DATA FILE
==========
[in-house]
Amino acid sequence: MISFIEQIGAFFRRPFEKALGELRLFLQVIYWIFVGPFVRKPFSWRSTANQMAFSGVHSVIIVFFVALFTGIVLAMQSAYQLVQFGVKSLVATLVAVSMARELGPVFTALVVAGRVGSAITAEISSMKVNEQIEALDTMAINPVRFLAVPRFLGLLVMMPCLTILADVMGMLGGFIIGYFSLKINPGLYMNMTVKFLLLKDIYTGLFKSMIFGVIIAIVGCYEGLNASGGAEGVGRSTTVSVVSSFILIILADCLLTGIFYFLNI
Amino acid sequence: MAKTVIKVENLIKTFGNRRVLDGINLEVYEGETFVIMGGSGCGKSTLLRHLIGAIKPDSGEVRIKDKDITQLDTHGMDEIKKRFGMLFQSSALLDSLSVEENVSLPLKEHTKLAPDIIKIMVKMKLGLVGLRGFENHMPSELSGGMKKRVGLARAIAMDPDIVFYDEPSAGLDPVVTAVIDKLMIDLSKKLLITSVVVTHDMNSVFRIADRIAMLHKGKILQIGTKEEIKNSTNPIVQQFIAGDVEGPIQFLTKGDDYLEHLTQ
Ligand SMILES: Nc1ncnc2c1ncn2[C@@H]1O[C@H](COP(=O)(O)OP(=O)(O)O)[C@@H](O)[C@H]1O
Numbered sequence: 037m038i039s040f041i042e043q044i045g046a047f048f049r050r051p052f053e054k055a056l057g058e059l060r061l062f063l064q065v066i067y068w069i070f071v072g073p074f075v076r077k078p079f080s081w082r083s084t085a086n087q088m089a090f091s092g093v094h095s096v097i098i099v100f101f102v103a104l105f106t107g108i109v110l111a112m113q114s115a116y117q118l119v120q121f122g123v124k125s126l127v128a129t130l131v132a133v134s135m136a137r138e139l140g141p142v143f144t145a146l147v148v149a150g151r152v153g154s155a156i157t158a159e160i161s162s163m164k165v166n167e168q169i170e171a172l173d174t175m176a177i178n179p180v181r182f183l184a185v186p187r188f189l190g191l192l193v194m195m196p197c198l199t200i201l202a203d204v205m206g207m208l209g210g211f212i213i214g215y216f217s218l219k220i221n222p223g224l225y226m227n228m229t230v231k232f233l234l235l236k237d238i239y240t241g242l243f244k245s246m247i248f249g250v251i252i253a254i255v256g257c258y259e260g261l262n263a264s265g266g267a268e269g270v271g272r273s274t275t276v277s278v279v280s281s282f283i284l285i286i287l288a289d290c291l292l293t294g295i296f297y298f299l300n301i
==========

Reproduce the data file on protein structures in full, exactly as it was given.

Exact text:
[in-house]
Amino acid sequence: MISFIEQIGAFFRRPFEKALGELRLFLQVIYWIFVGPFVRKPFSWRSTANQMAFSGVHSVIIVFFVALFTGIVLAMQSAYQLVQFGVKSLVATLVAVSMARELGPVFTALVVAGRVGSAITAEISSMKVNEQIEALDTMAINPVRFLAVPRFLGLLVMMPCLTILADVMGMLGGFIIGYFSLKINPGLYMNMTVKFLLLKDIYTGLFKSMIFGVIIAIVGCYEGLNASGGAEGVGRSTTVSVVSSFILIILADCLLTGIFYFLNI
Amino acid sequence: MAKTVIKVENLIKTFGNRRVLDGINLEVYEGETFVIMGGSGCGKSTLLRHLIGAIKPDSGEVRIKDKDITQLDTHGMDEIKKRFGMLFQSSALLDSLSVEENVSLPLKEHTKLAPDIIKIMVKMKLGLVGLRGFENHMPSELSGGMKKRVGLARAIAMDPDIVFYDEPSAGLDPVVTAVIDKLMIDLSKKLLITSVVVTHDMNSVFRIADRIAMLHKGKILQIGTKEEIKNSTNPIVQQFIAGDVEGPIQFLTKGDDYLEHLTQ
Ligand SMILES: Nc1ncnc2c1ncn2[C@@H]1O[C@H](COP(=O)(O)OP(=O)(O)O)[C@@H](O)[C@H]1O
Numbered sequence: 037m038i039s040f041i042e043q044i045g046a047f048f049r050r051p052f053e054k055a056l057g058e059l060r061l062f063l064q065v066i067y068w069i070f071v072g073p074f075v076r077k078p079f080s081w082r083s084t085a086n087q088m089a090f091s092g093v094h095s096v097i098i099v100f101f102v103a104l105f106t107g108i109v110l111a112m113q114s115a116y117q118l119v120q121f122g123v124k125s126l127v128a129t130l131v132a133v134s135m136a137r138e139l140g141p142v143f144t145a146l147v148v149a150g151r152v153g154s155a156i157t158a159e160i161s162s163m164k165v166n167e168q169i170e171a172l173d174t175m176a177i178n179p180v181r182f183l184a185v186p187r188f189l190g191l192l193v194m195m196p197c198l199t200i201l202a203d204v205m206g207m208l209g210g211f212i213i214g215y216f217s218l219k220i221n222p223g224l225y226m227n228m229t230v231k232f233l234l235l236k237d238i239y240t241g242l243f244k245s246m247i248f249g250v251i252i253a254i255v256g257c258y259e260g261l262n263a264s265g266g267a268e269g270v271g272r273s274t275t276v277s278v279v280s281s282f283i284l285i286i287l288a289d290c291l292l293t294g295i296f297y298f299l300n301i